Blue Grouse fire doused quickly
Jul 9, 2012 / 8:00 pm
Mother Nature provided a huge helping hand to forestry crews battling several fires in and around the Central Okanagan Monday evening.
While lightning caused at least three small spot fires as an electrical storm passed through the Okanagan Valley, heavier than expected rainfall helped keep those fires relatively small in size.
Fire Information Officer, Kevin Skrepnek, says crews were bracing themselves for a drier storm than the one that actually hit.
Skrepnek says they were expecting less than a millimetre of rain to fall in conjunction with the lightning storm.
" We got a lot more than that almost across the board," says Skrepnek.
Lightning sparked a fire near Blue Grouse Mountain shortly before 5 p.m.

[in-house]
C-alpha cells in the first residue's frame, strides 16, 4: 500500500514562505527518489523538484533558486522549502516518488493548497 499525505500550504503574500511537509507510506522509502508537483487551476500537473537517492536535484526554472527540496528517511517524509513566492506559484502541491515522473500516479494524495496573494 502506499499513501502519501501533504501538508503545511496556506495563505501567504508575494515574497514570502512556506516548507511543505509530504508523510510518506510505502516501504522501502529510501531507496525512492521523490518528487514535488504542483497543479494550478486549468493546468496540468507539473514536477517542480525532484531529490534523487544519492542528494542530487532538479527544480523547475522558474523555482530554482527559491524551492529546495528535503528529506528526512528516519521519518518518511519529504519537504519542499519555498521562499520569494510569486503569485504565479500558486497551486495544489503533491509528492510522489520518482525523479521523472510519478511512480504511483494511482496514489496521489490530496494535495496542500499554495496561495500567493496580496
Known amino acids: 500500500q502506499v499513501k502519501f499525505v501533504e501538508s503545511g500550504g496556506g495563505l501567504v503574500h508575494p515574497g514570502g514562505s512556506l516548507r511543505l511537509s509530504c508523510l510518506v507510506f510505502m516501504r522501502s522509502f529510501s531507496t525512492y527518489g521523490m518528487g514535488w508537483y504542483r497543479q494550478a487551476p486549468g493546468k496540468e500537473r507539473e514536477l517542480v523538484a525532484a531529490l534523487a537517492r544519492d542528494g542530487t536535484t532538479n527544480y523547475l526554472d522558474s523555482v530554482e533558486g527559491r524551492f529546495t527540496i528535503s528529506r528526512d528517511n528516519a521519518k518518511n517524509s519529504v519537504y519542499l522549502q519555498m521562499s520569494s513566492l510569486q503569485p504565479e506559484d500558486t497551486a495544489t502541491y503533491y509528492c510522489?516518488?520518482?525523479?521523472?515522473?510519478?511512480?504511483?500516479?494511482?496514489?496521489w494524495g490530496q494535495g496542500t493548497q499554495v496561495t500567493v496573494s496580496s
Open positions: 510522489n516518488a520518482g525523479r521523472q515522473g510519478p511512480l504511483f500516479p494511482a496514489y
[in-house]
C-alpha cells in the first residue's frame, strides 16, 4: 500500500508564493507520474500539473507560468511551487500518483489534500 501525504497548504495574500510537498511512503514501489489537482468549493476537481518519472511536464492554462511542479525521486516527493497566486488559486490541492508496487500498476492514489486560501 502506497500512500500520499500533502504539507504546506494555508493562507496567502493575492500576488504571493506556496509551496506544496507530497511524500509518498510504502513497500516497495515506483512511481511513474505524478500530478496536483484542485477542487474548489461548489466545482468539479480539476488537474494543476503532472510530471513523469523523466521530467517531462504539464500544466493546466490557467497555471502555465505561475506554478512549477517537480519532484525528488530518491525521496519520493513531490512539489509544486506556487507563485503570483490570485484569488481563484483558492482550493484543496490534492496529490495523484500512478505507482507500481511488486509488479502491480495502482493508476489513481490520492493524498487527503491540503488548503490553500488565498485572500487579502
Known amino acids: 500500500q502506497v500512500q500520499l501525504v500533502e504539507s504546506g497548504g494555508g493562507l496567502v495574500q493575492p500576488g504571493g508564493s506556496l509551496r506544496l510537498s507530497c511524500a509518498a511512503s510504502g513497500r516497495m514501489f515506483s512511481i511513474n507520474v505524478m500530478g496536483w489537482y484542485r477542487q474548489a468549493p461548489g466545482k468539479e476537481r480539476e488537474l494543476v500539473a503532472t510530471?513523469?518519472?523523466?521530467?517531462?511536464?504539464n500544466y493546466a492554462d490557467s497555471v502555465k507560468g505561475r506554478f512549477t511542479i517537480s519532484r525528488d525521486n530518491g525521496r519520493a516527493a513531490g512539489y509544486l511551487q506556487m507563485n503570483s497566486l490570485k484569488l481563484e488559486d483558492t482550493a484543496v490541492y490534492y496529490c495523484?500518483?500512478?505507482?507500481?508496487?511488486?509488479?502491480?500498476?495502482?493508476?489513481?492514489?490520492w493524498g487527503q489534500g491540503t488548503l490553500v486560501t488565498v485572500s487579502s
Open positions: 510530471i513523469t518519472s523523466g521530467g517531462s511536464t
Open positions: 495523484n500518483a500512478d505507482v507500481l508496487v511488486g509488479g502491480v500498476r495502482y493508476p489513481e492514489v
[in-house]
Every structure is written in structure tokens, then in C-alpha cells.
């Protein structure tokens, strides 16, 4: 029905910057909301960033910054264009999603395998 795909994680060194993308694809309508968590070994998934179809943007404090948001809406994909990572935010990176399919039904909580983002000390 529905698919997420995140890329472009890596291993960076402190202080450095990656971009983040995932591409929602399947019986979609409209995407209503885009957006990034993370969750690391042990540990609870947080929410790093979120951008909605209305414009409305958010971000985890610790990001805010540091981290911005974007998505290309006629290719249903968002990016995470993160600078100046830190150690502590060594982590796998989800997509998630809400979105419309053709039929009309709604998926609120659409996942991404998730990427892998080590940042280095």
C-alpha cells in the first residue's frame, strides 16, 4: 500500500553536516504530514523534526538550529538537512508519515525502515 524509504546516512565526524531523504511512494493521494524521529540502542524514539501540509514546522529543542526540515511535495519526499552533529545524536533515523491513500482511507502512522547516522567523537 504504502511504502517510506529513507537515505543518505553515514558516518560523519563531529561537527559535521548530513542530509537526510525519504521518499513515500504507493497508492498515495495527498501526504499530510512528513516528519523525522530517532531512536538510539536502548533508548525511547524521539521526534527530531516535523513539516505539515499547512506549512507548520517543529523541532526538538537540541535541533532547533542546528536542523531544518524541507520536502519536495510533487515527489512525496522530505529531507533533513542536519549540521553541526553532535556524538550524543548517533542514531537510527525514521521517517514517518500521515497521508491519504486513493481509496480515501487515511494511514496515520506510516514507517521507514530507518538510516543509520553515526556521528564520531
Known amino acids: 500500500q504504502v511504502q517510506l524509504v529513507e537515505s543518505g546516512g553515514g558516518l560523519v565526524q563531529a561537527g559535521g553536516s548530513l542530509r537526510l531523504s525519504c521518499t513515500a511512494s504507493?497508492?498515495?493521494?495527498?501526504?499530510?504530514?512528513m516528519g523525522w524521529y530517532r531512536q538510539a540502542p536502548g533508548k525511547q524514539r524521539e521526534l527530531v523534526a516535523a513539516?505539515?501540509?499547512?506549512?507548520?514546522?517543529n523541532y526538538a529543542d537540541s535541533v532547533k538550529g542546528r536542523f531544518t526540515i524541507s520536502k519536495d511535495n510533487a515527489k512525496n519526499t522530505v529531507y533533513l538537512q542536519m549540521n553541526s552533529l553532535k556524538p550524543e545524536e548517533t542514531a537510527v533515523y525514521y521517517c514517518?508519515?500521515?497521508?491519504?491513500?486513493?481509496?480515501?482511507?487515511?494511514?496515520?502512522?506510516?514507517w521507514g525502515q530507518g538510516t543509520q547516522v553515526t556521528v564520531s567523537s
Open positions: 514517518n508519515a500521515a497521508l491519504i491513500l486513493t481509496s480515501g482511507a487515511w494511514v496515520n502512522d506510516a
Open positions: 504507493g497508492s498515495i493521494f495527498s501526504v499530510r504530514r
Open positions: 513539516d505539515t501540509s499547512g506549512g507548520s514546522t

Skrepnek says an attack plane that had been fighting a small forest fire near Layer Cake Mountain circled back and hit the Blue Grouse fire.
"That fire was just 20 X 20 so our plane dropped retardant directly onto it. It's called blanketing," says Skrepnek.
"Normally, planes drop retardant at the edge of a fire not directly on top of it."
Skrepnek says two crews consisting of six firefighters are mopping up that fire.
Another small lightning-caused spot fire hit in the Loon Lake area near Highway 97C and the Aspen Grove turnoff.
Again, Skrepnek says accompanying rain kept the fire to a small size allowing crews to quickly knock that one down.
Several hundred lightning strikes have hit the valley since the storm reached the Okanagan about 4 p.m. Monday.
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